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This Sounds Cool!

I have a soft spot for space opera, and this book just sounds fun! If only there were more hours in the day for reading…

The Burning Sun by William J. Benning. $3.99 from Smashwords.com
The adventure continues for Billy Caudwell, the teenage First Admiral of the Universal Alliance Fleet. The Bardomil Empress, eager to avenge the defeat of her Imperial Fleet at the hands of Billy Caudwell, acquires a weapon that can generate super-charged solar flares and incinerate entire planets. And, as if that’s not enough, Billy also has girl troubles!

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Haitian machete fencing.

No mask, no padding, sharpened machete.

How is the old master still alive?

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Asymmetry in Fencing

With the fencing season in full swing, I thought it would be a good time to return to the topic here. Today I’m going to point out how strange fencers’ bodies are, how that may lead to injuries, and how it may influence any fictional fencers you are writing about.

For a beginner, fencing presents some unique challenges that can be encountered before one even picks up a blade. The en garde stance, the movements forward and back, and the lunges are not a movement that most people would encounter in day-to-day life. Compare this to a sport such as soccer, where anyone can start play on a basic level because you already know how to run. There are certainly rules to learn and techniques to practice, but even a newbie can run across the field. Many beginning fencers that I have watched over the years have a lingering level of awkwardness that will persist for a month, six months, even longer, depending on their development.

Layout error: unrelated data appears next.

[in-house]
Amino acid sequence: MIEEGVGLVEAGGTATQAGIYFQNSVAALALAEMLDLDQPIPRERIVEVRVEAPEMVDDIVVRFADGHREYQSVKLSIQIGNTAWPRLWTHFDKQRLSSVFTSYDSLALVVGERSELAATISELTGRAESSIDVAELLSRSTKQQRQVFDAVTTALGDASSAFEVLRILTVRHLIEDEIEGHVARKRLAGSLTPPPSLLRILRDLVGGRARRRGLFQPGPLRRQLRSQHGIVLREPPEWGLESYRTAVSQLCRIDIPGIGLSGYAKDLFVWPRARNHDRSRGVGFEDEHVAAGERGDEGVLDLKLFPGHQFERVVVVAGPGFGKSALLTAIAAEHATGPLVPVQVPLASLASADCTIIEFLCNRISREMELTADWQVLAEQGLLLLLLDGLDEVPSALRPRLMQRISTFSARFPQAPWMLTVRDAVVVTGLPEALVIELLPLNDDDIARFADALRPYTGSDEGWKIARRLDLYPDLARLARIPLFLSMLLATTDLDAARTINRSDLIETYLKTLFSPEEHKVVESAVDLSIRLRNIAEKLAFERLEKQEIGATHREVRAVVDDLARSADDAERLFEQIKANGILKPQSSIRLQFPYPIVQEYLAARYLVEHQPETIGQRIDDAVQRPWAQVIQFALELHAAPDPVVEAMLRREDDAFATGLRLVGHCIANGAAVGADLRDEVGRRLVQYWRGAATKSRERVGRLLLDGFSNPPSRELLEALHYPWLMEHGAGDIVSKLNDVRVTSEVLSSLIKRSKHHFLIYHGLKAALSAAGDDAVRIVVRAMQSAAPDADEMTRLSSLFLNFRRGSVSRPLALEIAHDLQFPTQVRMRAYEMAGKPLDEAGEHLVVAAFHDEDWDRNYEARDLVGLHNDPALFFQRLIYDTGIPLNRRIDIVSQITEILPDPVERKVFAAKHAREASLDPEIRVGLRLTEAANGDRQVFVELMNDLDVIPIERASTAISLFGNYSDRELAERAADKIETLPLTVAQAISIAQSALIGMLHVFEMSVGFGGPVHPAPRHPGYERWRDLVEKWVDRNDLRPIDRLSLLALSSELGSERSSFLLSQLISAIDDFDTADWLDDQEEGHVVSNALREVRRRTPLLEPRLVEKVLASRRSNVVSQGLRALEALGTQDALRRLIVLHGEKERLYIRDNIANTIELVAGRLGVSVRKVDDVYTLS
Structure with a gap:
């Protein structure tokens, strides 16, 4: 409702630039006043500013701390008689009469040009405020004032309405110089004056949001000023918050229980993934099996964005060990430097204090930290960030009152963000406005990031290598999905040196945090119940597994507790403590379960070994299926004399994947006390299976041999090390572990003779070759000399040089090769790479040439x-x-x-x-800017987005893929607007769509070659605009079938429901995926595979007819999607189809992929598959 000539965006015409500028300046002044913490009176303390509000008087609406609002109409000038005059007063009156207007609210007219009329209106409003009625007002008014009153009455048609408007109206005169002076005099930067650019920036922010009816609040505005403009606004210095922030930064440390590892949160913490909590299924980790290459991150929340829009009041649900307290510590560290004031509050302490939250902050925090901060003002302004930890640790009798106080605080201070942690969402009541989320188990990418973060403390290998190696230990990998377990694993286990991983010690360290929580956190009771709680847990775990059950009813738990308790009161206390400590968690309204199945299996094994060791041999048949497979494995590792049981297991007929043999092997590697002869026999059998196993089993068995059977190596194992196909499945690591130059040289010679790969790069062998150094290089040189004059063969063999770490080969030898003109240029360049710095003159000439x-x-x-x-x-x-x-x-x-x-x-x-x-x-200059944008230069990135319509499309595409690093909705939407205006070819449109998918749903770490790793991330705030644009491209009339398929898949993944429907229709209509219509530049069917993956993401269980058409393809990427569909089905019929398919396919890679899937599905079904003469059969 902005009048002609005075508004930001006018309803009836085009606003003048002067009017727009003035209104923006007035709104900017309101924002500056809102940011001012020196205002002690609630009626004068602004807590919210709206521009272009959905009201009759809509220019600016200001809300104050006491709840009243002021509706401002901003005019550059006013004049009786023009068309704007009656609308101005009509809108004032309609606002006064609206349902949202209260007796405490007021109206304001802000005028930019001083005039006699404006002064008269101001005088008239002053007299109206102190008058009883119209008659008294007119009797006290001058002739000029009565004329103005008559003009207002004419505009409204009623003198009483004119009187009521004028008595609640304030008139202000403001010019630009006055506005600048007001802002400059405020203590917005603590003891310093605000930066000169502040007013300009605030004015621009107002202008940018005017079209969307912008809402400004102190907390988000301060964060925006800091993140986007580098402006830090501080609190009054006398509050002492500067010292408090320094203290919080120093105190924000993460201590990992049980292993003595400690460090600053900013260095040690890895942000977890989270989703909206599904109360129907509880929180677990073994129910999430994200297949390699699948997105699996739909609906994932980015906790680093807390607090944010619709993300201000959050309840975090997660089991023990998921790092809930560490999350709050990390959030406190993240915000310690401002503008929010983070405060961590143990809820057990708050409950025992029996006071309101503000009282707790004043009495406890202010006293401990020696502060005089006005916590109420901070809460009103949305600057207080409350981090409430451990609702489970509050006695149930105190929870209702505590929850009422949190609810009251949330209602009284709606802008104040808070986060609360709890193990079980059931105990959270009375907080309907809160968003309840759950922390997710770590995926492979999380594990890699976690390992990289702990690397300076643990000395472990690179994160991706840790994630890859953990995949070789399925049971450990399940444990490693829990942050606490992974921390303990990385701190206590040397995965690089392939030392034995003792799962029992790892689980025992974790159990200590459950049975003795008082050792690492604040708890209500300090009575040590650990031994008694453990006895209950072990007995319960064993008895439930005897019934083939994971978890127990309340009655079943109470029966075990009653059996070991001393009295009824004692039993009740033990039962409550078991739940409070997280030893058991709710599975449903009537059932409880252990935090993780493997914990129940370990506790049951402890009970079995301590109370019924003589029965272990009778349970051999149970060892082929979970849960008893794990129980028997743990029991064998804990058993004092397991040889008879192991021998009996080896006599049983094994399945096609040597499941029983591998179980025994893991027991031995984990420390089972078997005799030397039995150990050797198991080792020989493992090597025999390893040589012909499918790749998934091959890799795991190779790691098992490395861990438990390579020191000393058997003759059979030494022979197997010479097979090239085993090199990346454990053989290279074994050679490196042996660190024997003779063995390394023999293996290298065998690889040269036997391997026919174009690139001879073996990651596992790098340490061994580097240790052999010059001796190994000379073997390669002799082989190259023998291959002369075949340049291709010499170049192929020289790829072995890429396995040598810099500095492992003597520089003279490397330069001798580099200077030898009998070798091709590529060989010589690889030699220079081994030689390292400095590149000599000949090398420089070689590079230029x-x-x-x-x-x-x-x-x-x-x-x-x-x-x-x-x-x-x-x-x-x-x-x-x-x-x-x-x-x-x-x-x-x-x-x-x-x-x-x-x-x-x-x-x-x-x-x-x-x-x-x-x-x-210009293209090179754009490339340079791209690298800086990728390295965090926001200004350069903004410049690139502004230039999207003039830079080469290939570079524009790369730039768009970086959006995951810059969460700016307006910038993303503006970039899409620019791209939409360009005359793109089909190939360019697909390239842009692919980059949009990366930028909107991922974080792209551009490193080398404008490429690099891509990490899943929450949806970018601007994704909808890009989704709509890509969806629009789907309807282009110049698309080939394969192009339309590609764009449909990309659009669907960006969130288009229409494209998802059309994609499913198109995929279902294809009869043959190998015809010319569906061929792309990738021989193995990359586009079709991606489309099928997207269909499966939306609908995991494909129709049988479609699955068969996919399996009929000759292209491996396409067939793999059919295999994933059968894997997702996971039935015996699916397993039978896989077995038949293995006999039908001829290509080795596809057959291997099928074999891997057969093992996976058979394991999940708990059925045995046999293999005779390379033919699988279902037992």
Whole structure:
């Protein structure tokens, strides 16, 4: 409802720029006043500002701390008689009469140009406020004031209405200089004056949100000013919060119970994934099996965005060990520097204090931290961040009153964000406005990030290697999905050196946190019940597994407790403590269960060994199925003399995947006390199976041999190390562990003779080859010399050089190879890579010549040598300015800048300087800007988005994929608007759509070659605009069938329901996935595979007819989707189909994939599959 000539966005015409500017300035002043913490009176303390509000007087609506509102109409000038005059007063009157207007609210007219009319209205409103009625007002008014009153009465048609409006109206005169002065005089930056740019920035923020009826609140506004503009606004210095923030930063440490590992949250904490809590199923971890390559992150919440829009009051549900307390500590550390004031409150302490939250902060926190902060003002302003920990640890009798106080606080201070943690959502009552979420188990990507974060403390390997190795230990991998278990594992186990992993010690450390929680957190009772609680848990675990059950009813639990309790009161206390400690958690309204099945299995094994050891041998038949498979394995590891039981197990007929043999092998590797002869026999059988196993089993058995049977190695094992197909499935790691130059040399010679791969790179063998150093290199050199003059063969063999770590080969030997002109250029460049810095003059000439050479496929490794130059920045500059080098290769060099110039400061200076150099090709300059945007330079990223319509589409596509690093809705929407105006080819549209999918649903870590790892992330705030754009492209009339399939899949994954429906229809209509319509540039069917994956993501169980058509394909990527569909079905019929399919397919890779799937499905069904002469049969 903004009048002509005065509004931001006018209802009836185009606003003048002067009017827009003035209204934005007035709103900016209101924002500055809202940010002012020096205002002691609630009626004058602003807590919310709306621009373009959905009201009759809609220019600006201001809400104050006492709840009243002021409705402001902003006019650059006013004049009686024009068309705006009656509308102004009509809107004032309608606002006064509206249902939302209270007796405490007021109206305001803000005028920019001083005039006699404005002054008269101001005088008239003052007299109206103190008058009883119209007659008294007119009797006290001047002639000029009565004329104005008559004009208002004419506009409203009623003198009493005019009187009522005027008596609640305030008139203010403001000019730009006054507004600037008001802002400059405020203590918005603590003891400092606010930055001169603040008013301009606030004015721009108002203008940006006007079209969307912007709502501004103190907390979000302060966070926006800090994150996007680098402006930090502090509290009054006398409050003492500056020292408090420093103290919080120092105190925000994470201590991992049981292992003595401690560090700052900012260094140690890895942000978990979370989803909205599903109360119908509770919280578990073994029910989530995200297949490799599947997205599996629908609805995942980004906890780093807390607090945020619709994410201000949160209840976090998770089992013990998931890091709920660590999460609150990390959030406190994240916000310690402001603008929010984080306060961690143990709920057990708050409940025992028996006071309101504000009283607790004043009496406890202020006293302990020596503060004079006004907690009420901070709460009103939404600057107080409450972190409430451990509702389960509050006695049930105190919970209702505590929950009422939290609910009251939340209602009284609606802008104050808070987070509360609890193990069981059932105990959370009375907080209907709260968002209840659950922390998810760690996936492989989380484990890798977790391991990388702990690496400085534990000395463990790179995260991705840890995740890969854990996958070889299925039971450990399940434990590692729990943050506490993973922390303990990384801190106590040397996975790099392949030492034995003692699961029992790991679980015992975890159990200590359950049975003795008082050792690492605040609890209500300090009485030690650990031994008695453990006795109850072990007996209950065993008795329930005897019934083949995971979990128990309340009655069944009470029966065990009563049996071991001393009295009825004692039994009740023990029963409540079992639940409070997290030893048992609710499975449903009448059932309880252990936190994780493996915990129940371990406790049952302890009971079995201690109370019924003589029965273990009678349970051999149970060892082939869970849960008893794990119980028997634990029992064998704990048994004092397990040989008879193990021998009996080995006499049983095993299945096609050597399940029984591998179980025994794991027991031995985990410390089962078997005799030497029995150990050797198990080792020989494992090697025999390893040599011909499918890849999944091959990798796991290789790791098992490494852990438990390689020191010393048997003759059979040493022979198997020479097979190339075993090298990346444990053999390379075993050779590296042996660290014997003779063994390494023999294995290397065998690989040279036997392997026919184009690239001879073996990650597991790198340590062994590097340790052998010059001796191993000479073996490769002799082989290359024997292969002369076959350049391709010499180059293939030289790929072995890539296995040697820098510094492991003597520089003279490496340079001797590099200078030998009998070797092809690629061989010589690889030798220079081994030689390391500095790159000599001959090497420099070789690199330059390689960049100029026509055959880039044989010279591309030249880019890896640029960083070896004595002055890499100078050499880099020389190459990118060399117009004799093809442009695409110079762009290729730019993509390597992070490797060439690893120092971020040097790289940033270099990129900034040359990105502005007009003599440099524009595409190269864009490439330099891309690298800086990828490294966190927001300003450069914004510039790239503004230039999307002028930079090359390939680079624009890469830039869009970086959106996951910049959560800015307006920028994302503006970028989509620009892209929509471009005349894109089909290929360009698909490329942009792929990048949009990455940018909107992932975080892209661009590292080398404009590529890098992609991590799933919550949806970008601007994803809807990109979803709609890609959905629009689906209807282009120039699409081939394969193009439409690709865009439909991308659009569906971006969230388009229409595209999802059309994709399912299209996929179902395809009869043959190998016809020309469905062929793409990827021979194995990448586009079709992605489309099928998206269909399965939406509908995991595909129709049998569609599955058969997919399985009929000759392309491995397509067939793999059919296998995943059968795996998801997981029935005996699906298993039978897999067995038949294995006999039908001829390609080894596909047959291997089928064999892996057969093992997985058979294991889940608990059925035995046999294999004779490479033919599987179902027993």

Lunging fencer. (c) Sylvain Sechet, reposted under Creative Commons license

Lunging fencer. (c) Sylvain Sechet, reposted under Creative Commons license

Fencing is also asymmetrical. It might be fun to swing one sword in each hand, but for now that isn’t in the rules for the sport. This will lead to more muscle development in the dominant arm, although fencers don’t typically grow “big” arms from their sport. The weapons are all lightweight, but the repetition will eventually lead to some disparity between your limbs.

This asymmetry extends well beyond the weapon arm. All that footwork practice builds muscle in the quads, hamstrings, gluteals, calves… really the entire lower body. Most fencers will find that as their footwork improves, their front leg grows larger than their rear one. Even the muscle on the front of my right shin is larger than that on the left. If you are writing about a character who is new to fencing, that person will be SORE when they are learning the footwork. I remember feeling this mostly in the quads. Nowadays, if I return to practice after a break, I will feel it more in my hamstrings and gluteals.